Before I dive into my take on euthanasia, I want to make a disclaimer.
I’m not sure what I think about euthanasia being requested by someone who is terminally ill, and their pain cannot be alleviate by ANY treatment. However, I believe in miracles and maybe just as some may see euthanasia as the final option, prayers for a miracle is a great first and last resort.
I begin to worry when anyone requests euthanasia and they are not bedridden. People will have differing views on my stance whether they support euthanasia or not.
New Zealand Act MP David Seymour’s End of Life Choice Bill has passed its first reading in parliament. The select committee has received over 30,000 public submissions and several oppose the bill. Although, different groups and individuals oppose for different reasons.
If the bill becomes law, it would allow NZ citizens and permanent residents over 18 years old to seek assisted suicide by a medical physician. They must be suffering from a terminal illness that is likely to end their life within six month or a grievous and irremediable illness.
Even if the safeguards are enough to prevent euthanasia being misused, as Seymour claims, what will safeguard against the government making amendments in the future to liberalize the bill. That's what scares me.
Pain and suffering - I want out
Mr. Seymour doesn’t want his bill to be as liberal as euthanasia legislations in European nations. In Belgium for example, deaf twins were legally euthanised because they couldn’t bare their psychological distress. Only time will tell if legislation in New Zealand would get out of hand.
Already, I find the stories of Kiwis I’ve watched online who want to be euthanised really discouraging. They describe their tragedy or diagnoses which result in their abilities degrading. Some discuss how they can’t take care of their own personal needs anymore.
People in these videos are not bedridden. Well, their illnesses have not progressed that far yet at least.
As someone who has lived with a disability my whole life, I’m puzzled! Do they need education on living with a disability or is the pain and distress beyond what anyone can bare? I must say they have great courage and patience to advocate for a way to die with “dignity”.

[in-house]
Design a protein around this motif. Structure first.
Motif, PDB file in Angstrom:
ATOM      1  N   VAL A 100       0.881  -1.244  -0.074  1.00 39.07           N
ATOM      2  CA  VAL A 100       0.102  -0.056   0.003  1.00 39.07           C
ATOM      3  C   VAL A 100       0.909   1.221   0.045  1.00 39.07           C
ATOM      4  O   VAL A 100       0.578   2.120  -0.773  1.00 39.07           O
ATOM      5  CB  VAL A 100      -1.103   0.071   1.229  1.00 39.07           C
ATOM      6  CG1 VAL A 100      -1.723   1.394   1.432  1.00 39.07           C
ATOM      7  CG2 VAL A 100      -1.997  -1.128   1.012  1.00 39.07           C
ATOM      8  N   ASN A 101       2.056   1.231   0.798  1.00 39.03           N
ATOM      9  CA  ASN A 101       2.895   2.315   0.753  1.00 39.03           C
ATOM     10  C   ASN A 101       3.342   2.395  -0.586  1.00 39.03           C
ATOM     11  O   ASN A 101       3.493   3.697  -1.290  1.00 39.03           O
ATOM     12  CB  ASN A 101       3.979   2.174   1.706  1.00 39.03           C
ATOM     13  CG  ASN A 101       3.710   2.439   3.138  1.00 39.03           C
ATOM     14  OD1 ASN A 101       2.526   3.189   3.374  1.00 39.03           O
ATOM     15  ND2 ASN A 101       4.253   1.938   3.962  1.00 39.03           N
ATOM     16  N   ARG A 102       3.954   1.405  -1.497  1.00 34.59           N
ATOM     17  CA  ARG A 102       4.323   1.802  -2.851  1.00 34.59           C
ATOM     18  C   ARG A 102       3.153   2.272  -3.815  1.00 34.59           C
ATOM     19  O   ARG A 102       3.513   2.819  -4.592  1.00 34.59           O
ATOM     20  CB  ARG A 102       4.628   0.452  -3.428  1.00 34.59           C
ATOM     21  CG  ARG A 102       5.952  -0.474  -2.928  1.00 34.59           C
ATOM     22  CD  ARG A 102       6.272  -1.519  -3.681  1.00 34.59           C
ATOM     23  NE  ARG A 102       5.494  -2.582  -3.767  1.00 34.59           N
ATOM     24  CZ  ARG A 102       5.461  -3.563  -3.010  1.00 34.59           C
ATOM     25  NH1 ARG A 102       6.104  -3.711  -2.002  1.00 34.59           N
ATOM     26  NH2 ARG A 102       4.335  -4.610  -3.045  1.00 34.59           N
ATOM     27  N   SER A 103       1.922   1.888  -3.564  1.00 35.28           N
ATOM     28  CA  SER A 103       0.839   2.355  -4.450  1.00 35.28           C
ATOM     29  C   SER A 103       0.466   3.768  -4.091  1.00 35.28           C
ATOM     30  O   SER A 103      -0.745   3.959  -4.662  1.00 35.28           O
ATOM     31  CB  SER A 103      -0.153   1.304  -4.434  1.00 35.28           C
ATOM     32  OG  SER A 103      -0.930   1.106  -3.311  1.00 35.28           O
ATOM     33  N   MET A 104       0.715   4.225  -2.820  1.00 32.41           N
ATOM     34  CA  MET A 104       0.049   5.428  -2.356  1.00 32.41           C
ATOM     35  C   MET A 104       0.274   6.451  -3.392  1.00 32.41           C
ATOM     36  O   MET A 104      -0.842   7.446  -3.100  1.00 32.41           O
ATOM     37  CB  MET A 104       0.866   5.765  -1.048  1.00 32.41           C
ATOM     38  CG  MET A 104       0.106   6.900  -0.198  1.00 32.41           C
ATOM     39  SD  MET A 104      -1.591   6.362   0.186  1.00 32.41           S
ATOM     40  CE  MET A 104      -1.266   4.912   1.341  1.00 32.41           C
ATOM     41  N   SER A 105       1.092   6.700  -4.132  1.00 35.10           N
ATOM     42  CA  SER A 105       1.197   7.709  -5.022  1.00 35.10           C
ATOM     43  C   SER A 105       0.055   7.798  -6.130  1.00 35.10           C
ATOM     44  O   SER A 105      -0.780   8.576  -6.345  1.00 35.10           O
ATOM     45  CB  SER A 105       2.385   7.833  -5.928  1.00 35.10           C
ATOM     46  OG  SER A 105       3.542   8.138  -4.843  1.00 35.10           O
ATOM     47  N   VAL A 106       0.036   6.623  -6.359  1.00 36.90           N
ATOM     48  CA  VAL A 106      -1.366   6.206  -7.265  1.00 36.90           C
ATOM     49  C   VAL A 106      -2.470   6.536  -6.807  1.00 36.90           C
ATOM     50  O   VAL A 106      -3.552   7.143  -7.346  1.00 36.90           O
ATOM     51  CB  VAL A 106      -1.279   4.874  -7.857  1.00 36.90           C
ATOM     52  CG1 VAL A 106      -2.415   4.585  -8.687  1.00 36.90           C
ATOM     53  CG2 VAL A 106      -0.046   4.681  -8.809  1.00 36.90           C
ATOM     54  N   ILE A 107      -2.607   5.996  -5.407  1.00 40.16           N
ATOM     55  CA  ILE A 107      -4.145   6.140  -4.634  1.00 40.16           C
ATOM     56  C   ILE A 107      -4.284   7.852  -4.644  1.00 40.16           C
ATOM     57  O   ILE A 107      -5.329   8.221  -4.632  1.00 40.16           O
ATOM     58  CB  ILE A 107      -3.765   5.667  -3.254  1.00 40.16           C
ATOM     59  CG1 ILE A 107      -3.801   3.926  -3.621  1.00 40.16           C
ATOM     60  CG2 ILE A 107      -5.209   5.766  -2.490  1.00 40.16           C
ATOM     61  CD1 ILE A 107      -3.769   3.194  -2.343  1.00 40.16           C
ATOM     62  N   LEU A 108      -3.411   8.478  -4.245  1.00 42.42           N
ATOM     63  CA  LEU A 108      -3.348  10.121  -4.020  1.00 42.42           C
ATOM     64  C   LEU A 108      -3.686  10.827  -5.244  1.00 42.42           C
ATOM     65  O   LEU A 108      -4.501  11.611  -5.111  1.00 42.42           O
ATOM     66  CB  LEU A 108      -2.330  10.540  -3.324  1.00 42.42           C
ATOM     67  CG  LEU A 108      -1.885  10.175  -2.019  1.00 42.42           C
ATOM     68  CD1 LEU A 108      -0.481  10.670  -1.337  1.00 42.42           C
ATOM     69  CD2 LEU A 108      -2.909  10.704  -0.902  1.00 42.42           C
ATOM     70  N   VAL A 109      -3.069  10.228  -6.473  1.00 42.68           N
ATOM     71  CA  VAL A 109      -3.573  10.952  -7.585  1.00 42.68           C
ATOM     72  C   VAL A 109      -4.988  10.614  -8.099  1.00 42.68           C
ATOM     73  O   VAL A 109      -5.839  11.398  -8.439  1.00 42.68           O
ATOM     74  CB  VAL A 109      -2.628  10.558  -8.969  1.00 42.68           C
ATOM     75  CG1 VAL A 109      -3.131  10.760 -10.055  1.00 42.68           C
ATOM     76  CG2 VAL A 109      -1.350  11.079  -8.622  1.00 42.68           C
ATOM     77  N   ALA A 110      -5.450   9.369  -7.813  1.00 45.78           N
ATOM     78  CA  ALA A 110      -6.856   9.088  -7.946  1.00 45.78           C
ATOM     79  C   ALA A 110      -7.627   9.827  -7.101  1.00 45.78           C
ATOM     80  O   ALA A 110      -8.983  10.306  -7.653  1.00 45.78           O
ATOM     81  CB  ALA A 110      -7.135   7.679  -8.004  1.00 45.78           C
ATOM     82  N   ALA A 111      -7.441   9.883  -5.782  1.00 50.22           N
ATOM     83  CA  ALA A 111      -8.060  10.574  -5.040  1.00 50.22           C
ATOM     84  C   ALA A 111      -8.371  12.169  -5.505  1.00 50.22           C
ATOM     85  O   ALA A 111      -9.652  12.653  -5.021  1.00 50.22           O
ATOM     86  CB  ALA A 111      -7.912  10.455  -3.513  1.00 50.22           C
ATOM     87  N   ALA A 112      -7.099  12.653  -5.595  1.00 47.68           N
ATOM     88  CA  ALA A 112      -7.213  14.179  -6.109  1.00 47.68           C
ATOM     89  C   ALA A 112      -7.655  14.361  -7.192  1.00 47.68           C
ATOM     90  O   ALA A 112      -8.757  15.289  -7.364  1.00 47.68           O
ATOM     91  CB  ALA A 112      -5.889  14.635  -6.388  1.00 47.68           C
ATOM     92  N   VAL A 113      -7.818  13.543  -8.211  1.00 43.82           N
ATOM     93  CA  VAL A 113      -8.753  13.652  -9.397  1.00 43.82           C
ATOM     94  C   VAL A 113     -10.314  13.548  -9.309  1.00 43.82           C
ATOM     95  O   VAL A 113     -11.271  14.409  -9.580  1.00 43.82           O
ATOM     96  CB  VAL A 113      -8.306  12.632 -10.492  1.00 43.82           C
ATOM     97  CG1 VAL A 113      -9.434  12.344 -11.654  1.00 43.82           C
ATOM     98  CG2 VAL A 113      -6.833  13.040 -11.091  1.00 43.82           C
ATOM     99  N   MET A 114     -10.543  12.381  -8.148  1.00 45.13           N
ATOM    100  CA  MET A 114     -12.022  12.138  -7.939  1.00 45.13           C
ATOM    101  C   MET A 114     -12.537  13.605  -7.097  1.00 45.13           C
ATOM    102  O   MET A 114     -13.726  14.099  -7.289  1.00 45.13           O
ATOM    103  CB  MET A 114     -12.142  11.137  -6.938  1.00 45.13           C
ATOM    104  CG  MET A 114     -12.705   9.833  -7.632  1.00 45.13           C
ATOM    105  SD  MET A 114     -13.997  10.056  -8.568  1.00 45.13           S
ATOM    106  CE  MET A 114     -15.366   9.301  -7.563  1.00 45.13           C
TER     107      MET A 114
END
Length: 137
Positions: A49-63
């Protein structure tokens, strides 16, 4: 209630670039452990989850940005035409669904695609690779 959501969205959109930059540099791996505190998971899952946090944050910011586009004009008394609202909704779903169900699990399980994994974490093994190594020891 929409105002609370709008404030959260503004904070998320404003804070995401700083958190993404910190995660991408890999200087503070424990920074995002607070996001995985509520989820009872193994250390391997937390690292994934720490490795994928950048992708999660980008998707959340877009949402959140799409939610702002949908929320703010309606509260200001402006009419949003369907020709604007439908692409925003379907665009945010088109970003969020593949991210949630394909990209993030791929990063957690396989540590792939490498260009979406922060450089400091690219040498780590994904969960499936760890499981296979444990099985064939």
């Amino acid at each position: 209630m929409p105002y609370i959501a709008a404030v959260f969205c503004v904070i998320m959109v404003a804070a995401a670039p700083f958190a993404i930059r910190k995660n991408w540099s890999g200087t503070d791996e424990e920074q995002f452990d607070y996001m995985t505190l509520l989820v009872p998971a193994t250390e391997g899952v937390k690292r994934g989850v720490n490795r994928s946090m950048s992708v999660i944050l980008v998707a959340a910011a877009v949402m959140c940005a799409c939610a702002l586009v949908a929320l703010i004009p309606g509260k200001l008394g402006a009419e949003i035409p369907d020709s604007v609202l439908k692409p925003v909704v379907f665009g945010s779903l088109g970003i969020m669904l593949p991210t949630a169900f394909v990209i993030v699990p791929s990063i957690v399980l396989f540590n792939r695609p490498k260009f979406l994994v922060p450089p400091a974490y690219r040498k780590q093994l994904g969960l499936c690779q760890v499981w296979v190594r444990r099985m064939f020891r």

Could people surrounding these individuals encourage them to redirect their courage to see the joys that's left? Look deep enough, I bet there’s plenty.
Each case is different but I'm responding to the videos of people that have become impaired in some way. I don't know how unbearable the pain and distress are for these people, but if they can alleviate the pain I encourage them to make the most of the life they still have.
Living with a disability isn’t all that bad! What you need support with may increase greatly, but with good supports, life is bearable, sometimes even fun!
Choosing when to die is a human right, but suicide isn’t?
One article I read on Stuff NZ attempted to distinguish the difference between euthanasia and suicide. I say attempted because their definition for each both implies the individual deciding to end their own lives. The only “actual” difference is the method they use.
Jones, the author, claims that many people believe that individuals choosing when they die is a basic human right. He uses this position against the common view that the timing of someone’s death is left in God’s hands.
Jones defined suicide as one dying by their own hand which begs the question, does the apparent human right include suicide?
Again, I don't want to include the extreme cases of terminal illness. Though, why should someone not in palliative care be able to request euthanasia? Just because one takes the medical route of ending their life makes their “choice” acceptable?
Am I ignorant or missing the point? A law is passed, Belgium, or possibly New Zealand, making medically assisted suicide legal. This removes people from their pain and misery so it’s, dare I say it, moral?
I don't understand what difference it would make if I only removed “medically” from the paragraph above. Where is the line! When does choosing to die becomes moral and not suicide?
Supporters of euthanasia may say I’m heartless, but frankly I don't see a difference.
Reasons to live
Life is tough on everyone whether we have an impairment or not. We all experience struggles, distresses and pain. The duration and amount of these experiences vary.
Attempting to go through the lows and woes of life alone is dangerous. How we respond to what life throws at us can build us or break us.
Creating communities where people feel valued. Improving disability support and palliative care services. Supporting people to feel real connection to the world around them. These are the keys to giving people reasons to live!
Manuele Teofilo lives in South Auckland with his parents and siblings. He has graduated from the University of Auckland with a Bachelor of Human Services and plans to work in the disability sector. He enjoys getting around in his electric wheelchair and having fun with people.